Pharmaceutical sales are slumping in the U.S., and they are looking for new markets, particularly in the poorer countries. Measles is declining in the Philippines and already rare, and there are no cases of polio. But that may all change now, thanks to this vaccination program that can, ironically, cause the disease for which the vaccine is supposed to prevent, resulting in even more vaccination programs in the future with the claim that these diseases are now returning, thus creating a lucrative market for the western pharmaceutical companies.

What the people in the Philippines in the typhoon affected areas need right now, especially children under the age of 5, is clean drinking water and healthy food, and then help to rebuild their homes and infrastructure. The millions of dollars being spent on dangerous vaccines could better be put to use for much healthier and safer options that will truly help the people, rather than dangerous vaccines that could end up crippling and injuring children at a time when they are most vulnerable.

Government officials and citizens in the Philippines need to understand the profit motive to distribute vaccines and how Western governments fund groups like WHO and UNICEF to promote their agendas in poorer countries. In the process, they exploit the most helpless members of your society, children under the age of 5! Throw off the mantle of Western colonialism and tell the WHO and UNICEF to stop their vaccination program in the typhoon affected areas now!
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« Reply #25 on: January 04, 2014, 12:34:54 am »

Quote
Why are Children Under 5 Dying in Countries Where UNICEF Works?

It would also be prudent to research UNICEF, which likes to present itself as an advocate for children’s health. Their track record does not match up to this image they like to project. In a report published in the Lancet (free registration required to read) in 2004, it was revealed that in the countries where UNICEF was working, deaths of children under the age of 5 actually increased! Is it a coincidence that this is the same age group UNICEF targets with their vaccine programs? The countries that experienced the greatest increase in deaths were all poor countries: India (2·4 million deaths), Nigeria (834 000 deaths), China (784 000 deaths), Pakistan (565 000 deaths), Democratic Republic of Congo (484 000 deaths), and Ethiopia (472 000 deaths). Will the Philippines now be added to this tragic list?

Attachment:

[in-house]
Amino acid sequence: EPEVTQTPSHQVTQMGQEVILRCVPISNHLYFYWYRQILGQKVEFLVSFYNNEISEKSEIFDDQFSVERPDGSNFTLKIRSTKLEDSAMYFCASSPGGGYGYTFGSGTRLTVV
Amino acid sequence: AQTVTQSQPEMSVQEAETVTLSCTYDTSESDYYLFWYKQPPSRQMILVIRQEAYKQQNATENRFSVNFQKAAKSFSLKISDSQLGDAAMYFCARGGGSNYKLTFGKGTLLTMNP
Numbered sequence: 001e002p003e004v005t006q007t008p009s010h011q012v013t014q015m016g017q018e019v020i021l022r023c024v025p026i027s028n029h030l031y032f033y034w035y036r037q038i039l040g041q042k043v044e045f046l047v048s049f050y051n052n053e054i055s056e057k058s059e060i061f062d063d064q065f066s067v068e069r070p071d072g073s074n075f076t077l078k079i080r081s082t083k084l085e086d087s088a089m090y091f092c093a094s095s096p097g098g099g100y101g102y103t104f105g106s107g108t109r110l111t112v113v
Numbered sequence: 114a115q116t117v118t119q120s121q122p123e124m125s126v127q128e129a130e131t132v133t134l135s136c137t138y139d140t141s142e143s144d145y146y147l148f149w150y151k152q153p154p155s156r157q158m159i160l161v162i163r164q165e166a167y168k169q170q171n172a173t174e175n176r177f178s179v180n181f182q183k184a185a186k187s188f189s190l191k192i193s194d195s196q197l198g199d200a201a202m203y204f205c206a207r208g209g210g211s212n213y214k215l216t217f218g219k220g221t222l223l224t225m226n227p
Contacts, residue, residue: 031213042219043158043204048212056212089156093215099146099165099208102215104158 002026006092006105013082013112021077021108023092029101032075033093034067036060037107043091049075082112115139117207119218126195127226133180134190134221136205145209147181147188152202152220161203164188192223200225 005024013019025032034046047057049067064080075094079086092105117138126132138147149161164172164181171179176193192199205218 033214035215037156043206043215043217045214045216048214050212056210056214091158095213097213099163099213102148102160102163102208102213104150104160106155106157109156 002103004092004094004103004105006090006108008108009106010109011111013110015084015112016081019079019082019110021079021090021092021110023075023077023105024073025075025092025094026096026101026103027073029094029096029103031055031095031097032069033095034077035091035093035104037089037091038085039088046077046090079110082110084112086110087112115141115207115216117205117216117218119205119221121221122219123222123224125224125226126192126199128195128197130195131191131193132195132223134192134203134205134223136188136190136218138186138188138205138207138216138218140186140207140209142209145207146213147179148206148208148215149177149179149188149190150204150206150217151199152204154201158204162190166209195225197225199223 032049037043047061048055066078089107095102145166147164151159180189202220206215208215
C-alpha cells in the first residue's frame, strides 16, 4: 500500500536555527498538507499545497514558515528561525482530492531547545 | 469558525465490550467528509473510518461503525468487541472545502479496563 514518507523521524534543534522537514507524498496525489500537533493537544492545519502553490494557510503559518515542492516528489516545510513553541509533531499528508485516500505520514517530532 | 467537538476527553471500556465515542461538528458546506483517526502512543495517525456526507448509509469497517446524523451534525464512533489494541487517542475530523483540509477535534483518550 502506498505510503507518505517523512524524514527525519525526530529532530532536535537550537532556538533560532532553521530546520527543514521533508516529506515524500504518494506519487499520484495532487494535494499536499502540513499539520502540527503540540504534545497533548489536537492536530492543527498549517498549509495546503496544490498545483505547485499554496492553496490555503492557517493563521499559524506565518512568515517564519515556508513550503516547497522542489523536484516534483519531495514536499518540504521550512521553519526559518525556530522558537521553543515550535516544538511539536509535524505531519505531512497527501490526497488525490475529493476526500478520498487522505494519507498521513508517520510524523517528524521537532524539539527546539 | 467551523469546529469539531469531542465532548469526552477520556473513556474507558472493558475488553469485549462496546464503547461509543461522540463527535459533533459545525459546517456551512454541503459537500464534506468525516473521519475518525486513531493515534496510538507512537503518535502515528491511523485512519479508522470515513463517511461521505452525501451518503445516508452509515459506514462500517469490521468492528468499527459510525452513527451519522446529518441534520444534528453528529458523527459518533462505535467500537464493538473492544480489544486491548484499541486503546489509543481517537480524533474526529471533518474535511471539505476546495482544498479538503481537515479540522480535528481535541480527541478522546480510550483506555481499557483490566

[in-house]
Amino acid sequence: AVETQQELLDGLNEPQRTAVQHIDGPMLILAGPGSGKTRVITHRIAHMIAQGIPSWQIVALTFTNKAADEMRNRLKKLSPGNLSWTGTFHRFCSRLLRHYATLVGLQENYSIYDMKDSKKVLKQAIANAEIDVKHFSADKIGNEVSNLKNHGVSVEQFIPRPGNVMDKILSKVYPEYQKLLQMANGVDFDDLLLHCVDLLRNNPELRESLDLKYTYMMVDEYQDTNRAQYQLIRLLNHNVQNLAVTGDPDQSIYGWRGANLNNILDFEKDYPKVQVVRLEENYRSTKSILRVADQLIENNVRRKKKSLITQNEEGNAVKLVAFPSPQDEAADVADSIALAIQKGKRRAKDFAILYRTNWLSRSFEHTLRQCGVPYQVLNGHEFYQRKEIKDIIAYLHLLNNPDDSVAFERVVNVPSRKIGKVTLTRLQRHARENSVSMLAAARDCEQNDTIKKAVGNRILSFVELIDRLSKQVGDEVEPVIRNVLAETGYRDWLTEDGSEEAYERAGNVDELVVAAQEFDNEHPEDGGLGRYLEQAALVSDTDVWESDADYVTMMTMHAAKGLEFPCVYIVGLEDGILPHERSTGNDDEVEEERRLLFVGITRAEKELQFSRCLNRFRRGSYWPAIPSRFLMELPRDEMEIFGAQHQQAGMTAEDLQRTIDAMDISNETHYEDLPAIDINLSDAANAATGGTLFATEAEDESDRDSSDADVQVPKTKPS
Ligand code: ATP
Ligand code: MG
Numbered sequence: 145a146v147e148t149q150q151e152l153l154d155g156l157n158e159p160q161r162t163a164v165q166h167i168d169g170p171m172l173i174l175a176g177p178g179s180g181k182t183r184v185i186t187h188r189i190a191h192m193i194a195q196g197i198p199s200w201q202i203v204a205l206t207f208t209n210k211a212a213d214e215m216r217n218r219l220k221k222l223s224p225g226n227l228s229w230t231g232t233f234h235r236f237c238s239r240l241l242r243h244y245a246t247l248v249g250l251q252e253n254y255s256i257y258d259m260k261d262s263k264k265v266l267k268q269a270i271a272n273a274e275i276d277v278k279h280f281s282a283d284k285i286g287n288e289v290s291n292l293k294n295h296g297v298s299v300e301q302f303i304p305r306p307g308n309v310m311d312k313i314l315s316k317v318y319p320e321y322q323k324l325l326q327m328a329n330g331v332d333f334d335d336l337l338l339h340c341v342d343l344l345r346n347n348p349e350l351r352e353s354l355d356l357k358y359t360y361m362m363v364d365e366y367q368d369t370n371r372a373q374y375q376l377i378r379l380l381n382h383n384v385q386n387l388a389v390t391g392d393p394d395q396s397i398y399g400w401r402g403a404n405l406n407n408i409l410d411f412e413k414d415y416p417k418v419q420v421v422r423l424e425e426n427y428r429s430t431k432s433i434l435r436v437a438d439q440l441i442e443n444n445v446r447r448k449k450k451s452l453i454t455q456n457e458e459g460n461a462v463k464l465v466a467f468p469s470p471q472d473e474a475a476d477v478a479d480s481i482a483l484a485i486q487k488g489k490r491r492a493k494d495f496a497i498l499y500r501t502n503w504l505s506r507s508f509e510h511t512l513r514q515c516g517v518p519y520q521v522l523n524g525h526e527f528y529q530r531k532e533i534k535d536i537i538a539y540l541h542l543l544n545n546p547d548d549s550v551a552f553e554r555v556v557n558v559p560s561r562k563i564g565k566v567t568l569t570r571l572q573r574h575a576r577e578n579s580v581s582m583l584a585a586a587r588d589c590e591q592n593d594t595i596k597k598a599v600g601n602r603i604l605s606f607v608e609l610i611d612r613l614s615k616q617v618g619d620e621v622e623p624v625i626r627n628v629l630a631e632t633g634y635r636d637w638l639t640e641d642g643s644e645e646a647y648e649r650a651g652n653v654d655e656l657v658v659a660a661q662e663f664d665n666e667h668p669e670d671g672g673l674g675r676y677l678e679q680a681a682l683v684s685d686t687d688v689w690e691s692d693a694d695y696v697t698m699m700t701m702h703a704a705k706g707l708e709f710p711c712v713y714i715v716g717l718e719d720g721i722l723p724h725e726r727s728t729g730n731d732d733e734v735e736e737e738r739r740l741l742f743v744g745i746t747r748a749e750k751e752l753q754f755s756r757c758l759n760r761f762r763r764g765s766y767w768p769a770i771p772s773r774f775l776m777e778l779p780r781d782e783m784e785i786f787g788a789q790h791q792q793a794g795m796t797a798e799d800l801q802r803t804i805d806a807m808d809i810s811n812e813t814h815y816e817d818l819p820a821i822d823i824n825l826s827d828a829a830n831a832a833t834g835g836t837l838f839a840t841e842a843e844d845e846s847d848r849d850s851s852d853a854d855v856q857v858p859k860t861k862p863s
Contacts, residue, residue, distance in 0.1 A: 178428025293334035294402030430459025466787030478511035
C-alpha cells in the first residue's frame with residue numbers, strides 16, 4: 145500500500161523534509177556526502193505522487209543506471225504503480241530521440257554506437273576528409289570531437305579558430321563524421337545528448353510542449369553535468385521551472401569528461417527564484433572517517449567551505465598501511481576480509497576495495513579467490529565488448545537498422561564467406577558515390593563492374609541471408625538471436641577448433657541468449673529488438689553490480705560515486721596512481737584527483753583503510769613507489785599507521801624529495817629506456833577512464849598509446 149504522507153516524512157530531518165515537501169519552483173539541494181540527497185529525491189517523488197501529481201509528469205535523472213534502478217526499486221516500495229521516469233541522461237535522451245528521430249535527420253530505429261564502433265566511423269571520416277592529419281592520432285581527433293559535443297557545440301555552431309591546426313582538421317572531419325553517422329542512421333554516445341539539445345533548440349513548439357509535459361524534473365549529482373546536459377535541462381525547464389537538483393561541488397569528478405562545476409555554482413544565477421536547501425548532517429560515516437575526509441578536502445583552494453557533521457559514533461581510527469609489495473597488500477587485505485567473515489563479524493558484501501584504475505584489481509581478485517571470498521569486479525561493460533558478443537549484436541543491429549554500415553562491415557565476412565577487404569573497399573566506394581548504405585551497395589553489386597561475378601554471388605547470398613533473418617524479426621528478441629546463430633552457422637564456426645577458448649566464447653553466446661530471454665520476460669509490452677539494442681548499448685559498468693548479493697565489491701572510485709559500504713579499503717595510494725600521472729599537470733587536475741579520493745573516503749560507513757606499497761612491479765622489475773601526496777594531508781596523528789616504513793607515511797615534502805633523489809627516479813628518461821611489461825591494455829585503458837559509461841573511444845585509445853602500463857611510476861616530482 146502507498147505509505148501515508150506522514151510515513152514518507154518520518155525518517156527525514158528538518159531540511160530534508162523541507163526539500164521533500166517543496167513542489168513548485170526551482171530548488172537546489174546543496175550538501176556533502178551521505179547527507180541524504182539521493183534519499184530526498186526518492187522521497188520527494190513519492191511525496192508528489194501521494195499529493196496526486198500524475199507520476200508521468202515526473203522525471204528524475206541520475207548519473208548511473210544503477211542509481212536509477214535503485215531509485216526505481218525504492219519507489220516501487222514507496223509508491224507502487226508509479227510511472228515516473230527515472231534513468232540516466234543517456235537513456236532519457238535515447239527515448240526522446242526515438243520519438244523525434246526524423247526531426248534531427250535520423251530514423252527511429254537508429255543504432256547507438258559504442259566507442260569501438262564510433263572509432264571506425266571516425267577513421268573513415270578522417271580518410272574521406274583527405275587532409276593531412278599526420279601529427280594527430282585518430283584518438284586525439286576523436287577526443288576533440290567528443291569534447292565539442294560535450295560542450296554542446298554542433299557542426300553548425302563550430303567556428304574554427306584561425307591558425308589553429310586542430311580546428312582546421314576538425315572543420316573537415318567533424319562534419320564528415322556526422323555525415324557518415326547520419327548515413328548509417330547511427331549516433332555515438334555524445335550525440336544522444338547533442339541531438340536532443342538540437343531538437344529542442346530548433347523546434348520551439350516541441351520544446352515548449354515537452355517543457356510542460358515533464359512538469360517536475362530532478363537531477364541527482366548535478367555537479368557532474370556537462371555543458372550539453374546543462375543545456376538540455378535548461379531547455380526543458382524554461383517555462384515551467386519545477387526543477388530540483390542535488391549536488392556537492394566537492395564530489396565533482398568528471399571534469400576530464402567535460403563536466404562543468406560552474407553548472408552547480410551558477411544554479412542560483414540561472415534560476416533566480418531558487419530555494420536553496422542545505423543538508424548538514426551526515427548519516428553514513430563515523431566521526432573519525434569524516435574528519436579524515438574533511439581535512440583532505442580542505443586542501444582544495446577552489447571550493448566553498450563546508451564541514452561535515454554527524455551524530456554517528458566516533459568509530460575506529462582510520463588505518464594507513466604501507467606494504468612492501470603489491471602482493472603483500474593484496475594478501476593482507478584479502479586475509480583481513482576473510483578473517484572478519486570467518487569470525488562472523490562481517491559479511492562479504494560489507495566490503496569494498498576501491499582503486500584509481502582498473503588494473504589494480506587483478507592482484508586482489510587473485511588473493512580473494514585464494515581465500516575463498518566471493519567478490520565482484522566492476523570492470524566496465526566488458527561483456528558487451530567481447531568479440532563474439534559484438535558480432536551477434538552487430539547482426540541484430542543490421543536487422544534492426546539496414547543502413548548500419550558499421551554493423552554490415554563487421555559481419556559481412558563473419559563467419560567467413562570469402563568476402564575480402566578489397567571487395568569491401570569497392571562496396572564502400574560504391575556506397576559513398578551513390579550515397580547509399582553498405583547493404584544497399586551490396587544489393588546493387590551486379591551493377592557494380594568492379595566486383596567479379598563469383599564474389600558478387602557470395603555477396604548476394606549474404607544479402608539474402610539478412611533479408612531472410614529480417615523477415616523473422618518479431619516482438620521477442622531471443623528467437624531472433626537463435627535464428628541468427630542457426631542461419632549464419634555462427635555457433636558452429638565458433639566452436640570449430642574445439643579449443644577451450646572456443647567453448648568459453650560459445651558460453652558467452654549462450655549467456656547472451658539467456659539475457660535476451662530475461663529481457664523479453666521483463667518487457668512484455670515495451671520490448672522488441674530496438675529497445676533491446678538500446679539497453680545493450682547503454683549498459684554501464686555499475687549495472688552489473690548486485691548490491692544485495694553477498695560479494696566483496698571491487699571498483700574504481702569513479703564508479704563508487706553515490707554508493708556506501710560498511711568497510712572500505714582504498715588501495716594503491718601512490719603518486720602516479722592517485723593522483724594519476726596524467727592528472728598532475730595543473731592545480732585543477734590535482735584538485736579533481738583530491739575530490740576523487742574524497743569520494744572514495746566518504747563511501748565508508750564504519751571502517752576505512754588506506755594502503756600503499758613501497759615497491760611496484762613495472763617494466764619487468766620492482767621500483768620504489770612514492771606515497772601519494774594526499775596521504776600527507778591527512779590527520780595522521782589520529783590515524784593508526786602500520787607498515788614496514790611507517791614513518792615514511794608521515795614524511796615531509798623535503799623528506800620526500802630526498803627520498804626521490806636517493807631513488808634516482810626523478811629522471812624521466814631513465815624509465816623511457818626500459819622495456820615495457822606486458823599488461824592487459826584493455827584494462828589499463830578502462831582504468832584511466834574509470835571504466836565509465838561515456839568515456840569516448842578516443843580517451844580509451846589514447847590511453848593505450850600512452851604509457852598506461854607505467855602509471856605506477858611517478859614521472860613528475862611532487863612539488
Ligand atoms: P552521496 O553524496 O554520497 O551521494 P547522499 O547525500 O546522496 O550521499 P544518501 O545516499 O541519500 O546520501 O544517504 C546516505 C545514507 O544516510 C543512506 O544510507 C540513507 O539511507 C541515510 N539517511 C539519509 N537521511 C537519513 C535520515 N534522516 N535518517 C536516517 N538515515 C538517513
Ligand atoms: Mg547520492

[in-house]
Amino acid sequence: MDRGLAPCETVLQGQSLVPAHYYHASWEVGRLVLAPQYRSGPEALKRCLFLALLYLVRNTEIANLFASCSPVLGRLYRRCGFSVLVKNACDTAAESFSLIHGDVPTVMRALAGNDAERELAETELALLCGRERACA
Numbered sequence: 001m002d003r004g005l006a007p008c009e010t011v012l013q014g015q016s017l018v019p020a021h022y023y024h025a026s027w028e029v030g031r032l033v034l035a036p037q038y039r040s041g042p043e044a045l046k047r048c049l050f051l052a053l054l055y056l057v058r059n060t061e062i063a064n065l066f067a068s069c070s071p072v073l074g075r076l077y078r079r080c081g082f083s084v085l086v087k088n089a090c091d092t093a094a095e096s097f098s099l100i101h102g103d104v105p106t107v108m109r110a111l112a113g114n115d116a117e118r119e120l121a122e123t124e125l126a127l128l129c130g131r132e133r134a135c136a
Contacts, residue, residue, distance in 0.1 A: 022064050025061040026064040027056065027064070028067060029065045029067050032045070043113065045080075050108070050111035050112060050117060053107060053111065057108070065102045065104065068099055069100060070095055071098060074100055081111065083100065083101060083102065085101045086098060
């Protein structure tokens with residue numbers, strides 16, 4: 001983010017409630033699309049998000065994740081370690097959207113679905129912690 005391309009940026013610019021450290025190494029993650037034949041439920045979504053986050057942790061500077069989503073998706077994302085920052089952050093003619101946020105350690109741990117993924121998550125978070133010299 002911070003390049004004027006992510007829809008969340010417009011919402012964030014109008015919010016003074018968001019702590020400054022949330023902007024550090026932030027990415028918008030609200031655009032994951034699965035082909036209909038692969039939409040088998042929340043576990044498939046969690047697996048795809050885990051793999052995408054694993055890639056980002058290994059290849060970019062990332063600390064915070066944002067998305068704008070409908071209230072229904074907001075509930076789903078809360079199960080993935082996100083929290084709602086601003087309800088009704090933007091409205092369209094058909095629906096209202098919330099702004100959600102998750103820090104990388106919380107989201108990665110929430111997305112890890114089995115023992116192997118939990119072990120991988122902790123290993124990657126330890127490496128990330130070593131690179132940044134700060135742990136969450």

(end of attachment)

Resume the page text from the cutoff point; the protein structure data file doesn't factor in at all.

The largest funding entity to UNICEF is the U.S. Government. People in the Philippines and other poorer countries need to understand that the U.S. Government, unlike any other government in the world, has passed laws giving 100% legal immunity to pharmaceutical companies for any harm or damage that occurs as a result of vaccine adverse effects. This gives them unlimited opportunities to rush new vaccines into the market regardless of their safety, and often the more unpopular vaccines get distributed to poorer countries as part of “humanitarian” efforts, funded by taxpayers in various countries that support the U.N. and UNICEF. There are absolutely ZERO checks and balances to assure that your country is receiving safe and effective vaccines.

Pharmaceutical sales are slumping in the U.S., and they are looking for new markets, particularly in the poorer countries. Measles is declining in the Philippines and already rare, and there are no cases of polio. But that may all change now, thanks to this vaccination program that can, ironically, cause the disease for which the vaccine is supposed to prevent, resulting in even more vaccination programs in the future with the claim that these diseases are now returning, thus creating a lucrative market for the western pharmaceutical companies.

idiot pharmaceutical companies - scumbags!